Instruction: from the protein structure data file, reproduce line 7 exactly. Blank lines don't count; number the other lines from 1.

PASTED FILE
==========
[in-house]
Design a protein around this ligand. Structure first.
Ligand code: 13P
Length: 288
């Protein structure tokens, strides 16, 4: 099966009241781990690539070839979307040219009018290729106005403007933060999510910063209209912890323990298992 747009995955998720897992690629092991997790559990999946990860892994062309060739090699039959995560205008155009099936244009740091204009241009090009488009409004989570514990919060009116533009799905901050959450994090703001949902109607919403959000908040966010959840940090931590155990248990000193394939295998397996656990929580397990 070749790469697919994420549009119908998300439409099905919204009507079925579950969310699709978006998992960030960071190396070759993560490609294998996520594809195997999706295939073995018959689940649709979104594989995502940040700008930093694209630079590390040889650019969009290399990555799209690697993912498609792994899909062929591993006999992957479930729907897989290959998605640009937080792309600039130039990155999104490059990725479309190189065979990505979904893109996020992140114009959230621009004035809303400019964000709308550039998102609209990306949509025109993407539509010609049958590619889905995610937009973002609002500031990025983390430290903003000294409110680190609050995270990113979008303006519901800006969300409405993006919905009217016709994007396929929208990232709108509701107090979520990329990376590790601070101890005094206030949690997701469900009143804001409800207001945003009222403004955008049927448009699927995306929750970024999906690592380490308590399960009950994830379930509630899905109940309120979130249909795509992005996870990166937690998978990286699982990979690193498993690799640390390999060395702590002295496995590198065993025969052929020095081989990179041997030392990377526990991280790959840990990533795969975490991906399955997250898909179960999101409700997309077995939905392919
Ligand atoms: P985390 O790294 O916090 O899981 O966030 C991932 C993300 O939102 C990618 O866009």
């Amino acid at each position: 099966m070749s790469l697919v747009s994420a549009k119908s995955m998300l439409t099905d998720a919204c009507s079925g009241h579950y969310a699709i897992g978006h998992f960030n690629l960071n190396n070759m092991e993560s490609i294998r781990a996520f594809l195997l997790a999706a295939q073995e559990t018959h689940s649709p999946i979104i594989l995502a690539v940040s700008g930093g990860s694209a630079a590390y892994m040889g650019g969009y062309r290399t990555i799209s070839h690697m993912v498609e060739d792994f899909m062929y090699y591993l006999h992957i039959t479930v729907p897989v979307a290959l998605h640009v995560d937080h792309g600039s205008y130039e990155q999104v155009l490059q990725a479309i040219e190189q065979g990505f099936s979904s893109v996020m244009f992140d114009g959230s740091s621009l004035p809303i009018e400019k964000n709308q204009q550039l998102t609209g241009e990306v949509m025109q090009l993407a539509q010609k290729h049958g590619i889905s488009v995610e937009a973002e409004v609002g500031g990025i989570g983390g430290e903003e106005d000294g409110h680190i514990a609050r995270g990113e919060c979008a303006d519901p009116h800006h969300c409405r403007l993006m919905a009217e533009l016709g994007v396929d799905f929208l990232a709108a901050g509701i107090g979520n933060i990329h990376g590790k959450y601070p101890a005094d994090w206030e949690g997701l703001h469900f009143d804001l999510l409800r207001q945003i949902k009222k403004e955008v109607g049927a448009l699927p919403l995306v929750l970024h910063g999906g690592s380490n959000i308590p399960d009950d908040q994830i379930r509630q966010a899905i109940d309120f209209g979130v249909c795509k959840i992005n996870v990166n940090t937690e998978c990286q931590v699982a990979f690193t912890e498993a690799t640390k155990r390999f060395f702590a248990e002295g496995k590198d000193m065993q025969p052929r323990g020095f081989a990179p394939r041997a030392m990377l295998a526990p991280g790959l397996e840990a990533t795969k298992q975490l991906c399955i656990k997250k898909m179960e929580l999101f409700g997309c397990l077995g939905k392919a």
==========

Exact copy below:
């Amino acid at each position: 099966m070749s790469l697919v747009s994420a549009k119908s995955m998300l439409t099905d998720a919204c009507s079925g009241h579950y969310a699709i897992g978006h998992f960030n690629l960071n190396n070759m092991e993560s490609i294998r781990a996520f594809l195997l997790a999706a295939q073995e559990t018959h689940s649709p999946i979104i594989l995502a690539v940040s700008g930093g990860s694209a630079a590390y892994m040889g650019g969009y062309r290399t990555i799209s070839h690697m993912v498609e060739d792994f899909m062929y090699y591993l006999h992957i039959t479930v729907p897989v979307a290959l998605h640009v995560d937080h792309g600039s205008y130039e990155q999104v155009l490059q990725a479309i040219e190189q065979g990505f099936s979904s893109v996020m244009f992140d114009g959230s740091s621009l004035p809303i009018e400019k964000n709308q204009q550039l998102t609209g241009e990306v949509m025109q090009l993407a539509q010609k290729h049958g590619i889905s488009v995610e937009a973002e409004v609002g500031g990025i989570g983390g430290e903003e106005d000294g409110h680190i514990a609050r995270g990113e919060c979008a303006d519901p009116h800006h969300c409405r403007l993006m919905a009217e533009l016709g994007v396929d799905f929208l990232a709108a901050g509701i107090g979520n933060i990329h990376g590790k959450y601070p101890a005094d994090w206030e949690g997701l703001h469900f009143d804001l999510l409800r207001q945003i949902k009222k403004e955008v109607g049927a448009l699927p919403l995306v929750l970024h910063g999906g690592s380490n959000i308590p399960d009950d908040q994830i379930r509630q966010a899905i109940d309120f209209g979130v249909c795509k959840i992005n996870v990166n940090t937690e998978c990286q931590v699982a990979f690193t912890e498993a690799t640390k155990r390999f060395f702590a248990e002295g496995k590198d000193m065993q025969p052929r323990g020095f081989a990179p394939r041997a030392m990377l295998a526990p991280g790959l397996e840990a990533t795969k298992q975490l991906c399955i656990k997250k898909m179960e929580l999101f409700g997309c397990l077995g939905k392919a």